The Dow Jones Industrial Average closed up nearly 1,000 points (well, 936.42 or 11.08%) to close within sight of 10,000 again after its largest daily point gain ever. The S&P 500 soared 11.6%, the Nasdaq Composite Index rose 11.8% and the Russell 2000 jumped 9.2%. Who said that last week's dips were a buying opportunity? I won't make you guess; it was me.
But don't get too excited. As the Wall Street Journal reports today:
Despite Monday's massive rally, many Wall Street veterans remain on the lookout for a grinding period of weakness in the global economy and stocks in the months ahead.
"The danger here is that people will be lulled into the idea that a strong bull trend is now in place rather than the idea that the market is just bouncing off a short-term oversold condition," said Michael Darda, chief economist at MKM Partners, a trading and research firm in Greenwich, Con.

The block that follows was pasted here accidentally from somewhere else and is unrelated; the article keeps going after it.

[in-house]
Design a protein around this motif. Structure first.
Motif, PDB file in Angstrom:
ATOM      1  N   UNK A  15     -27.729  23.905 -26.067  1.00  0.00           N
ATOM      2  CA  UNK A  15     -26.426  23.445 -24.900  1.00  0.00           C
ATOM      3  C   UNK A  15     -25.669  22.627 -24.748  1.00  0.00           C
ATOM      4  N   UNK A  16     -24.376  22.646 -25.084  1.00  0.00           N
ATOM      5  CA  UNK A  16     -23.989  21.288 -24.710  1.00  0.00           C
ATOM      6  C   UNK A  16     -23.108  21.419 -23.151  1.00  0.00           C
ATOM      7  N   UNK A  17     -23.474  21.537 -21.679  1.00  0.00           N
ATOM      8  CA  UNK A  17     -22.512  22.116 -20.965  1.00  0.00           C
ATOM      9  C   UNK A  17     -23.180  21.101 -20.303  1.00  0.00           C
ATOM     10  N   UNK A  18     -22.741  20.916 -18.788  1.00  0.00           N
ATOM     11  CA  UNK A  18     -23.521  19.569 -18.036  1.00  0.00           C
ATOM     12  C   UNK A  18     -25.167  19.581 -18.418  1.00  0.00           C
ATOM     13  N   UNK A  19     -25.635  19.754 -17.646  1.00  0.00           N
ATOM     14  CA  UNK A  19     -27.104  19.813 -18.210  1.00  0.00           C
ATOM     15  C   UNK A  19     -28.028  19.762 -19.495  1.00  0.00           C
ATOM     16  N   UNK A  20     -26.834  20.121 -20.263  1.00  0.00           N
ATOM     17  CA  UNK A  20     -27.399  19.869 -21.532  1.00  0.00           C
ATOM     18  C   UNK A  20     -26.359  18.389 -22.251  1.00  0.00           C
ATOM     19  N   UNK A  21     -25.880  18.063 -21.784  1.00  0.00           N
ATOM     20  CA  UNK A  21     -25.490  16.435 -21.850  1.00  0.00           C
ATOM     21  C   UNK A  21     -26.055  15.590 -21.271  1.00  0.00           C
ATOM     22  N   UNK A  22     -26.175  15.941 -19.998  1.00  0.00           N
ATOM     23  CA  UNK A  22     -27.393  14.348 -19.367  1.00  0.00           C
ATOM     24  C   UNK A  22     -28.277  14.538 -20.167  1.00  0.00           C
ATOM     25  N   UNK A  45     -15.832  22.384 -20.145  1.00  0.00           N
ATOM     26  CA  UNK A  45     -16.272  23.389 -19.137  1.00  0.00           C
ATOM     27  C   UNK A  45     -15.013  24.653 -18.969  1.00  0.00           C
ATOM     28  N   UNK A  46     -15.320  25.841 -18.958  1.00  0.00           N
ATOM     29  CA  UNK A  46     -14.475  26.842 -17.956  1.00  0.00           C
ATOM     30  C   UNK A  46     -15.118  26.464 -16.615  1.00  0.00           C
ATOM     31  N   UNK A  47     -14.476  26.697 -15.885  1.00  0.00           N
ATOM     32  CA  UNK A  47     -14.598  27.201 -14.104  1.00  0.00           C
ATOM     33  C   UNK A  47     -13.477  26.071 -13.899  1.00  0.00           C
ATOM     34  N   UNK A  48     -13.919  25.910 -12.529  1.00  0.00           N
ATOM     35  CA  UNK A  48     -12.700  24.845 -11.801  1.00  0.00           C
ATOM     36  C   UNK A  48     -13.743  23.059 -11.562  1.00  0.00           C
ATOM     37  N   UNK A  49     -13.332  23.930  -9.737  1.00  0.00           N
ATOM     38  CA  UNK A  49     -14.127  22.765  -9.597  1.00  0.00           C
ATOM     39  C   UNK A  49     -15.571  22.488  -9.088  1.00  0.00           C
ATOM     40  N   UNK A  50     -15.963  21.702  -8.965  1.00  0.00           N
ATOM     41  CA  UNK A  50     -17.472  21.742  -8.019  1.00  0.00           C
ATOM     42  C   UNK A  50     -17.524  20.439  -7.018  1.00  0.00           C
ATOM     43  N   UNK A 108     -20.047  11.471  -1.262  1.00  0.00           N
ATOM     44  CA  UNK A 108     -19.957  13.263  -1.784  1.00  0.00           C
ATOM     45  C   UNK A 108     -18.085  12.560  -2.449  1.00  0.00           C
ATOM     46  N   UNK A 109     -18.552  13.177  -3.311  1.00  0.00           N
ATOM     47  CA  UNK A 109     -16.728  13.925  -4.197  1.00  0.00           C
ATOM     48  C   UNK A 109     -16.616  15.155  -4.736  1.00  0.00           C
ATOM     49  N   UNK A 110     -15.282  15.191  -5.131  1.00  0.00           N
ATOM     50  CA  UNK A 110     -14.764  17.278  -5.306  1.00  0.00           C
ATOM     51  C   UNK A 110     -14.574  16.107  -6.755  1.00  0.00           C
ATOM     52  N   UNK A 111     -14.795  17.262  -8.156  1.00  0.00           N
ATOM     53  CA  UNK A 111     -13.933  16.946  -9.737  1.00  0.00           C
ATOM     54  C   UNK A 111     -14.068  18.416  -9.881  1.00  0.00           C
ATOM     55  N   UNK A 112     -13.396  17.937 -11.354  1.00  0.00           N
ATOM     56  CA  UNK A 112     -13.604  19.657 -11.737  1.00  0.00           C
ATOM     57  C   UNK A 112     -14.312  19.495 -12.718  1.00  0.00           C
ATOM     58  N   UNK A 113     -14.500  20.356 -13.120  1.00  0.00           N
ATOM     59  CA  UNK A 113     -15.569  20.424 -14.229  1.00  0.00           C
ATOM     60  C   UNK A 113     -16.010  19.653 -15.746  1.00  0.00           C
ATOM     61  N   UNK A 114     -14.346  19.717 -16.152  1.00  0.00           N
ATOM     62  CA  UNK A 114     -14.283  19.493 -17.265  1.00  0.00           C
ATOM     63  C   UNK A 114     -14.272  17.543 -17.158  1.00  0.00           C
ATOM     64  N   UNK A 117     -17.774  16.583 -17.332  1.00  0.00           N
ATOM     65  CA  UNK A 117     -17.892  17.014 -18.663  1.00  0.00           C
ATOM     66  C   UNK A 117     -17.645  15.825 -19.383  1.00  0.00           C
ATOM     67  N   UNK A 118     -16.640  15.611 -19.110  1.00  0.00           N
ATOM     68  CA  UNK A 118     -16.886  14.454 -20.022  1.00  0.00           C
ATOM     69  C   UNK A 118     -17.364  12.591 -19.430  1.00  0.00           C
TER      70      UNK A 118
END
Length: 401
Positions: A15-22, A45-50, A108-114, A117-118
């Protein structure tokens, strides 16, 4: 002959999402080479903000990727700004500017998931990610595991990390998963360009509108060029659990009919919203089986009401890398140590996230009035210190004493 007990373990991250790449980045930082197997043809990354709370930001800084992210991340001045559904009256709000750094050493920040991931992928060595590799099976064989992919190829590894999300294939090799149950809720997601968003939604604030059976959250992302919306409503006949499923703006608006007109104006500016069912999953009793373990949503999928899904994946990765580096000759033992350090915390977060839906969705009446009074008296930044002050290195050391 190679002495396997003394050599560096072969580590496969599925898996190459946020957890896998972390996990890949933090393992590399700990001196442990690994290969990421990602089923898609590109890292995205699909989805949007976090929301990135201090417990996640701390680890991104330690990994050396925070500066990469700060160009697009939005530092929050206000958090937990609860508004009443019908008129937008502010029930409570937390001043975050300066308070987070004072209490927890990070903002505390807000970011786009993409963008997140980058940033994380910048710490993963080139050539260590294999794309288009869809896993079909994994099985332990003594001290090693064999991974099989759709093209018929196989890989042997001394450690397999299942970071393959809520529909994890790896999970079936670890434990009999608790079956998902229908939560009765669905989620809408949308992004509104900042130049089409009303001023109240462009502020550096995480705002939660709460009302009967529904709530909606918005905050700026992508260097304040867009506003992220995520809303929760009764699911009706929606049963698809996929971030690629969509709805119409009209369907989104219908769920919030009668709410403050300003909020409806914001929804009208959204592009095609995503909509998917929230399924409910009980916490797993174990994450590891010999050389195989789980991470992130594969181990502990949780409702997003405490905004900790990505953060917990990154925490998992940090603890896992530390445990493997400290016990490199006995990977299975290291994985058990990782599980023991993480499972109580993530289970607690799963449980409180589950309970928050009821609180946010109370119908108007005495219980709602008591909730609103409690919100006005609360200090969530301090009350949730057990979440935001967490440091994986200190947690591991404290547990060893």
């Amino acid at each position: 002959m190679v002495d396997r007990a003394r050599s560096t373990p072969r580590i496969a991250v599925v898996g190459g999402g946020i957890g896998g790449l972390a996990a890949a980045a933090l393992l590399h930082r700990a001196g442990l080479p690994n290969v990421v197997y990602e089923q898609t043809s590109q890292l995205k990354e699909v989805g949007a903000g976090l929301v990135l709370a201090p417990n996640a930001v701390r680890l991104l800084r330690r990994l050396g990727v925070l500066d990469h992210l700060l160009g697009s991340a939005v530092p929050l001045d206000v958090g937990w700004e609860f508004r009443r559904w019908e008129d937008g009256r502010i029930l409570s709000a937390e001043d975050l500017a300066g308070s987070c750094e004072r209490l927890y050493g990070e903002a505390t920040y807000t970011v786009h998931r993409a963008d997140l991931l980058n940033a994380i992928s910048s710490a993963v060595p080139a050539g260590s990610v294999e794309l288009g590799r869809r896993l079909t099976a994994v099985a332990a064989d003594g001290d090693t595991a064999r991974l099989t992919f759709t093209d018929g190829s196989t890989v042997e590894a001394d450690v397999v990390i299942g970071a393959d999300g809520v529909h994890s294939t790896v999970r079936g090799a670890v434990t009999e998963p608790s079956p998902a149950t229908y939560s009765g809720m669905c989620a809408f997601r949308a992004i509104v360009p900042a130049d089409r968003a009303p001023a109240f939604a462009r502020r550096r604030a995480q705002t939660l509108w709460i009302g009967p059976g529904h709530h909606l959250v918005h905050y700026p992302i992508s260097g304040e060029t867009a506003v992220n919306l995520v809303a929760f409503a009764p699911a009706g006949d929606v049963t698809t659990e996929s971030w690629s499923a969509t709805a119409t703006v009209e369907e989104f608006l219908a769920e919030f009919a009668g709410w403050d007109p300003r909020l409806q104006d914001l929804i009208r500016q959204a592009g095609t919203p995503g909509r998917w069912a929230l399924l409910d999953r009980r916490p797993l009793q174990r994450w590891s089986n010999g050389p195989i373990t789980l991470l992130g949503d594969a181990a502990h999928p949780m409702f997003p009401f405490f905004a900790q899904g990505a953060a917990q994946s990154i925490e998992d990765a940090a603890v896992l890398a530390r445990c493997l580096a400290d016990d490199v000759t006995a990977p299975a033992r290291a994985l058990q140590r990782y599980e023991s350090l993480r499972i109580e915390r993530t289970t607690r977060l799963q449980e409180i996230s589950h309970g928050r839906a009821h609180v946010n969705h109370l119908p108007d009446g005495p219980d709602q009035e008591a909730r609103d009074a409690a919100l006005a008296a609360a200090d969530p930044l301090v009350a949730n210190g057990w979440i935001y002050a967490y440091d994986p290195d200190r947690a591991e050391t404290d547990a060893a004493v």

Doreen Mogavero, president and chief executive of the New York floor brokerage Mogavero Lee & Co., said she's still looking for a round of capitulation, or last-ditch selling to pave the way for a more sustained rally. While there were some hopes that Friday's intraday market low, including a nearly 700-point decline for the Dow, would mark such an event, she believes there wasn't enough volume behind the selling to confirm it as a true capitulation.
"At best, I think we're looking at a short-term bottom here," she said.
So basically, if you're one of those who couldn't stand the heat last week and jumped out of the frying pan, you may have really ended up in the fire after today's up-surge. But only time will tell where the real bottom is and when the real recovery will happen.